Saturday, September 29, 2018

I believe Christine Blasey Ford

I think the place I wondered into for dinner was called the Mad Rose. A good place to go on the night when you are mad and going to see a movie about a mad king.


I watched her testimony. I watched Kavanaugh's. That night when I'd had enough, I took myself out to dinner and to the Fathom Events' "King Lear" with Ian McKellan--a film of the play from London, captured live. "Lear" is a typical Shakespeare tragedy, by which I mean almost everyone dies. It felt like a party. Popcorn and my silent cheers every time another manipulative character met his/her bloody end. Though I flinched and squirmed when Cornwall gouged out the good Gloucester's eyes. Earlier in front of the TV, I'd felt like gouging out my own.

Christine Blasey Ford walked into an environment where she knew no one except the small coterie of lawyers, husband, and maybe another few persons that she'd brought with her. She was in a room mostly populated by men to talk about being sexually assaulted. In a strange city. In a different time zone. Participating in a process she knew so little about that she was surprised to learn just a few weeks earlier, that she'd need a lawyer. She was there to tell what had happened to her 36 years  earlier. A story of assault and how she'd feared for her life. A hazy story with many of its details lost to memory's inherent failings while other details had drilled themselves into her being.

Dr. Ford suffers from anxiety. Check. She suffers from claustrophobia. Check. She's afraid to fly. Check. Yet she flew to D.C. to appear at the hearing. Check. While the fear of flying yet flying conundrum seemed to puzzle a few people, I wasn't one of them. I am afraid to fly. Flying is anxiety and claustrophobia combined. But I have to fly if I want to get to the places I need to go. I need an aisle seat. Near the front or the rear of the cabin. I need booze. I need the strange man sitting next to me not to touch me. Not his leg against my leg. Not his arm against mine. I need more booze. I need something completely engaging to read. Preferably something somewhat terrifying. Though not something terrifying about flying. Terror to cure terror. A weird homeopathy.  I might watch a movie if there's an appealing one offered, but if there's genuine emotional content, often I will sob uncontrollably--like I did recently when I watched the the Mr. Rogers movie on the way back from Minnesota. Love and its companion emotions  move us in the face of terror. Those are the moments during the hearing that Christine Blasey Ford cried.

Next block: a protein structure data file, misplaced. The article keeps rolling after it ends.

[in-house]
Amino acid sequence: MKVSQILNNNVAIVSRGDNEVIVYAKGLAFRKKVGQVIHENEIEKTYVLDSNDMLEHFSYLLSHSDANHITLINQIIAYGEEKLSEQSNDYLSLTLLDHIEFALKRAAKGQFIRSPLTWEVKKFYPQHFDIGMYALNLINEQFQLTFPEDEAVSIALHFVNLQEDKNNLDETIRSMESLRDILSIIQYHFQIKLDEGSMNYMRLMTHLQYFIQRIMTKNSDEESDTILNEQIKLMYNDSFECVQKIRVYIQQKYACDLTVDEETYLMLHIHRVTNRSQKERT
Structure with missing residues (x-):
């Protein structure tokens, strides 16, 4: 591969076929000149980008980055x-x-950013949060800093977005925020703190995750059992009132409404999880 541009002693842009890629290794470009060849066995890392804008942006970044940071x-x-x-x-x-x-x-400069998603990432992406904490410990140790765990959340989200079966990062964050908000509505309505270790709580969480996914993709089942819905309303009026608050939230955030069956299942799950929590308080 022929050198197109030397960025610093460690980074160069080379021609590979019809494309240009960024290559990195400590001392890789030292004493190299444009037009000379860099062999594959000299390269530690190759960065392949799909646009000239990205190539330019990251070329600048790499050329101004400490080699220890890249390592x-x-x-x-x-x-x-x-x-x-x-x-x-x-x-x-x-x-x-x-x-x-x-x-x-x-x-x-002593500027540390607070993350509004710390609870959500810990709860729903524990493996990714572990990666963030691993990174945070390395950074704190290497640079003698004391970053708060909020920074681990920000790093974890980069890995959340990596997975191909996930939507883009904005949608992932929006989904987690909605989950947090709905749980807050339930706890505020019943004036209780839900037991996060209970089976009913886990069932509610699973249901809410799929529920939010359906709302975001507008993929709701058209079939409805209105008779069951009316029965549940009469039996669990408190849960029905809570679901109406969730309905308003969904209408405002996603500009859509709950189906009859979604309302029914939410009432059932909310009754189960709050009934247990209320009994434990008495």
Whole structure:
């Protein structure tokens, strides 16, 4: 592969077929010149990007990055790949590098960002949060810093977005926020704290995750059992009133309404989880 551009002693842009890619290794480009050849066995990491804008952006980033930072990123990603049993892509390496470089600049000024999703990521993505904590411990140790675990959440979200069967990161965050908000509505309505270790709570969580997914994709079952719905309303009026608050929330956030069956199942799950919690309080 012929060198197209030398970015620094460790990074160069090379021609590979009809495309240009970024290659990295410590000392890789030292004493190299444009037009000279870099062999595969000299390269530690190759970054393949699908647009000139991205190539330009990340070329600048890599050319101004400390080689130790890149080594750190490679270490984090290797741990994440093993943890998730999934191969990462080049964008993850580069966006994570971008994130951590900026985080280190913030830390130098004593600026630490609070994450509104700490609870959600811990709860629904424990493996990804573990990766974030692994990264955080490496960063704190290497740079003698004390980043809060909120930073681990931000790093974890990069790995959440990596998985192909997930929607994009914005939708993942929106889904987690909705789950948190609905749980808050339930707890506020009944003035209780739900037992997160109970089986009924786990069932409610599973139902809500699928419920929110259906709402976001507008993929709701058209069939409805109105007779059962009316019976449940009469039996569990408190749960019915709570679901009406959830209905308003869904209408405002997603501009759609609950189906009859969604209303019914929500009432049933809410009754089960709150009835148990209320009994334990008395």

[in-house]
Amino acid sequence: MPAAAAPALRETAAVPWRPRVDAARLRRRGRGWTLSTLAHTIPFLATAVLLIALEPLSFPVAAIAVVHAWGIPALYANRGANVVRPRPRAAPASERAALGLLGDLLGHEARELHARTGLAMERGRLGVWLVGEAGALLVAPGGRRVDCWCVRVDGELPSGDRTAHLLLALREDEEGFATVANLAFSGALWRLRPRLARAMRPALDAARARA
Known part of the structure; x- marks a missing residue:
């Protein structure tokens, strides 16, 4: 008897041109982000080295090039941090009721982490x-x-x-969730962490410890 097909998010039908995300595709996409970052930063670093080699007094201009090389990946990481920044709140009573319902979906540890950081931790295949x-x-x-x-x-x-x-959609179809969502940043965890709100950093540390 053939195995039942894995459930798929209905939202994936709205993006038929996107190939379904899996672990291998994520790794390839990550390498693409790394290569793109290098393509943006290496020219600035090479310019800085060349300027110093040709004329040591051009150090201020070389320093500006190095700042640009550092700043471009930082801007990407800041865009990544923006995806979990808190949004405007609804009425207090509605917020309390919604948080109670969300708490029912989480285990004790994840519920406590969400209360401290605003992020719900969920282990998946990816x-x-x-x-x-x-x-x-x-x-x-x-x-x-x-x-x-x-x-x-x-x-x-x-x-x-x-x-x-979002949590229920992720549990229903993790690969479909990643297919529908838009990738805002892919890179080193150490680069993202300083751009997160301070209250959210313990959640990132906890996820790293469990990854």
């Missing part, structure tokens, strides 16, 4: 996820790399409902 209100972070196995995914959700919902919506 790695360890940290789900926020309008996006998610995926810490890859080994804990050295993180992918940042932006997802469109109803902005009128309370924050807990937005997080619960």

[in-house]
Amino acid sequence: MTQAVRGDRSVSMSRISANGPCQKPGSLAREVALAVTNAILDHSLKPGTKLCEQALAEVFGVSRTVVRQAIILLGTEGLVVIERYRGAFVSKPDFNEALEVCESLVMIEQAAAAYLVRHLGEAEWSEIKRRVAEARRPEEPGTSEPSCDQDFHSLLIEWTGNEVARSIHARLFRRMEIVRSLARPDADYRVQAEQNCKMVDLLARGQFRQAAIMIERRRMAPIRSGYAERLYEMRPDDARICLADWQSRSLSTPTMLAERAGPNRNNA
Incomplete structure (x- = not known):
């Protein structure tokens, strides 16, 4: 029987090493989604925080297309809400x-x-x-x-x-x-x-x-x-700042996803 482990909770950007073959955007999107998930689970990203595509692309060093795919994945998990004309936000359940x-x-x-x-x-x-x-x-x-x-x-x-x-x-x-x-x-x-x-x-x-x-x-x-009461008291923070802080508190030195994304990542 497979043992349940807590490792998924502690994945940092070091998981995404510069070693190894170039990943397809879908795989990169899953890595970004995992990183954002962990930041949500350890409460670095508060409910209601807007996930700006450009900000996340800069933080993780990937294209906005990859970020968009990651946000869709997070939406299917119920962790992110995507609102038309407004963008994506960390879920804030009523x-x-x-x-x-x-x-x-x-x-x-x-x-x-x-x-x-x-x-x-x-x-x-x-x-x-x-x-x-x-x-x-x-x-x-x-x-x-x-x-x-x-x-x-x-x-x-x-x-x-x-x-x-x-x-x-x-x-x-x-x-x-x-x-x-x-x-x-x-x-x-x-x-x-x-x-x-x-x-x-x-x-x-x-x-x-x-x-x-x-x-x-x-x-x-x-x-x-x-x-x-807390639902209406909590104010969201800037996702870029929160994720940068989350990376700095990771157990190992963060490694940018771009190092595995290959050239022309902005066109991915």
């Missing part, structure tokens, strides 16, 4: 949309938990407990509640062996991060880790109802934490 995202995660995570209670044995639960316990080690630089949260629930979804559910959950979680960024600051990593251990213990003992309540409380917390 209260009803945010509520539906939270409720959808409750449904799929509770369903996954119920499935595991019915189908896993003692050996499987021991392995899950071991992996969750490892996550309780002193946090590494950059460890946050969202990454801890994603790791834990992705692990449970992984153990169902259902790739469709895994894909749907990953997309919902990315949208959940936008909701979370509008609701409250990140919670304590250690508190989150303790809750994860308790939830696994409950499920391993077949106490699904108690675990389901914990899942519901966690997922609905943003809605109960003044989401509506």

Bret Kavanaugh was in his element. D.C. Familiar faces. Scores of men ready to believe him, rooting for him, the esteemed federal judge. Yet he came in full of bluster and protest. He would not or could not answer many questions directly. I might believe that he believes that he did not attack Dr. Ford. But that doesn't mean that he didn't attack her. In the best case scenario that I can imagine the Bret Kavanaugh of then and the Bret Kavanaugh of now might not know one another, but there was a struggle going on inside the weeping man blustering and bullying in order to protect his honor. A knock-down, belligerent, eye-gouging battle wherein the now Bret would pluck out the "vile jelly" in order to not see the past Bret.

I was such a stupid 15-year-old. I would not have survived the wild 80s in a big anonymous suburb brimming with affluence and influence. But I know how boys can be boys. In 1970 I went to a party in the woods after prom with my date. A bonfire, the night night sky through the treetops. Stars in my eyes. Romance. A perfecting ending to big event of senior year. But the only other girl was leaving just as I arrived. "Hey, why don't you pull a train for us?" one of the football players asked minutes later. I didn't know what that phrase meant. I'd never heard it. The look in that boy's eyes told me. The laughter of the other boys told me. I remember all their faces in the firelight. And their names. I remember how my date escorted me back to the car and we left.

I want to hear the testimony from the other women who've accused Kavanaugh and those who have told about his drinking. There are so many survivors of sexual assault. I want those stories. Terror to cure terror. Voices to give voice. Every time a woman speaks, another woman will speak. I have to believe that story by story, vote by vote, jail sentence by jail sentence, impeachment by impeachment, change will push its way forward. And I believe that the good men, even those who have suffered from the madness of not understanding, of not believing will, like Lear, come around to see the truth of their own tragedy.


Get thee glass eyes, 
And like a scurvy politician seem 
To see the things thou dost not. 
---(Lear to the blinded Gloucester)

3 comments:

Anonymous said...

You've written a beautiful essay about such an ugly thing. This has been the hardest week to get through. I'm never going to forget the sneering anger on their faces, especially Graham and the liar Kavanaugh. I've surveyed most of the women I know, every single one has experienced sexual harassment or assault. Every Single One. Thank you for writing here.
Xoxo
Barbara

37paddington said...

I too believe her. I too admire her courage. I too despise those sneering, entitled, rageful men who think women beneath them and how dare we question them. i am shaking with rage and memories of my own. and we go on. thank you for this.

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